Apple has released information about a system that will detect child sexual abuse material (CSAM) on customers’ devices.
Before storing an image in iCloud Photos, the technology will look for matches of previously known CSAM.
According to Apple, if a match is found, a human reviewer will assess the user and report them to law enforcement.
However, privacy concerns have been raised that the technology could be expanded to scan phones for prohibited content or even political speech.
Experts are concerned that authoritarian governments will use the technology to spy on their citizens.
Apple stated that new versions of iOS and iPadOS, which will be released later this year, will include “new cryptography applications to help limit the spread of CSAM online, while designing for user privacy.”
The system compares images to a database of known child sexual abuse images compiled by the National Center for Missing and Exploited Children (NCMEC) and other child safety organisations.
These images are then converted into “hashes,” which are numerical codes that can be “matched” to an image on an Apple device.
According to Apple, the technology will also detect edited but similar versions of original images.
“Before an image is stored in iCloud Photos, an on-device matching process is performed for that image against the known CSAM hashes,” Apple said.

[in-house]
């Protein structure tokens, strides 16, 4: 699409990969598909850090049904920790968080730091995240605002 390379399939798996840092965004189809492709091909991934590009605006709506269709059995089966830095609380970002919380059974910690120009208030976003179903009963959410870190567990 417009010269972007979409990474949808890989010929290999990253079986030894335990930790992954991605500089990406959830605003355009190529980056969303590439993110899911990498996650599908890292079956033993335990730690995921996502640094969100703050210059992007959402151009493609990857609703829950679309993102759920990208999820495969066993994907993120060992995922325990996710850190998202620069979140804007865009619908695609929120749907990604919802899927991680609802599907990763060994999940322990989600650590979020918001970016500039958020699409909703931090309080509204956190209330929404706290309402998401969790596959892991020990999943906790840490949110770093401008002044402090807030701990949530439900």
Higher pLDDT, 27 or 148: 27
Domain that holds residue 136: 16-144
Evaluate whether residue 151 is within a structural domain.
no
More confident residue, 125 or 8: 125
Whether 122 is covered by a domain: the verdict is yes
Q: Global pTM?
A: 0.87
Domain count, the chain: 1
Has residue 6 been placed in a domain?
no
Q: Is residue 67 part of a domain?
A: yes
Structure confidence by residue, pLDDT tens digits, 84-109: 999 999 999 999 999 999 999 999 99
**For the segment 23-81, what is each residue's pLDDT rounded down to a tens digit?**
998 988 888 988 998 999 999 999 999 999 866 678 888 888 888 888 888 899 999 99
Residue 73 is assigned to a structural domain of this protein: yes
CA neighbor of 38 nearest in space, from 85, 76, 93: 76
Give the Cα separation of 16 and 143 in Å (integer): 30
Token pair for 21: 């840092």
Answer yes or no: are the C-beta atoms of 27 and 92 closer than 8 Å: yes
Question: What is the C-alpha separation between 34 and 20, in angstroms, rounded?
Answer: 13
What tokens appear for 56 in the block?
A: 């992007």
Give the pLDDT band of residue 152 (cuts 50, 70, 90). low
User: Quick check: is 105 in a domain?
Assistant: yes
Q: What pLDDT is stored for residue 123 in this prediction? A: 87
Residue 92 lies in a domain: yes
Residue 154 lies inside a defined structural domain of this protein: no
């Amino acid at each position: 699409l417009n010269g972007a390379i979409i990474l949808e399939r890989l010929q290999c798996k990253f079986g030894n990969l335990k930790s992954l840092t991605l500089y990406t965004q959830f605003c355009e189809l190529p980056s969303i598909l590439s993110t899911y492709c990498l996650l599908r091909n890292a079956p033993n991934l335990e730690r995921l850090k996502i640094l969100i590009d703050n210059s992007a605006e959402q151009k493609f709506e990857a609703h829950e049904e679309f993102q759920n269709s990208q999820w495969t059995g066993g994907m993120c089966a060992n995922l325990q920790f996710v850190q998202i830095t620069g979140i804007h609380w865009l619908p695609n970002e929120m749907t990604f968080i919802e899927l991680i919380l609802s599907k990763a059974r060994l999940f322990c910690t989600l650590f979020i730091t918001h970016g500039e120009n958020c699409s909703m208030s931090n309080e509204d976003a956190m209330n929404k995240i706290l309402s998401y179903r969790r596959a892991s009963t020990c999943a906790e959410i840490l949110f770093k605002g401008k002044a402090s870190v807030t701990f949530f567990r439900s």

The company claimed the system had an “extremely high level of accuracy and ensures less than a one in one trillion chance per year of incorrectly flagging a given account”.
Apple says that it will manually review each report to confirm there is a match. It can then take steps to disable a user’s account and report to law enforcement.
The company says that the new technology offers “significant” privacy benefits over existing techniques – as Apple only learns about users’ photos if they have a collection of known CSAM in their iCloud Photos account.
However some privacy experts have voiced concerns.
“Regardless of what Apple’s long term plans are, they’ve sent a very clear signal. In their (very influential) opinion, it is safe to build systems that scan users’ phones for prohibited content,” Matthew Green, a security researcher at Johns Hopkins University, said.
“Whether they turn out to be right or wrong on that point hardly matters. This will break the dam – governments will demand it from everyone.”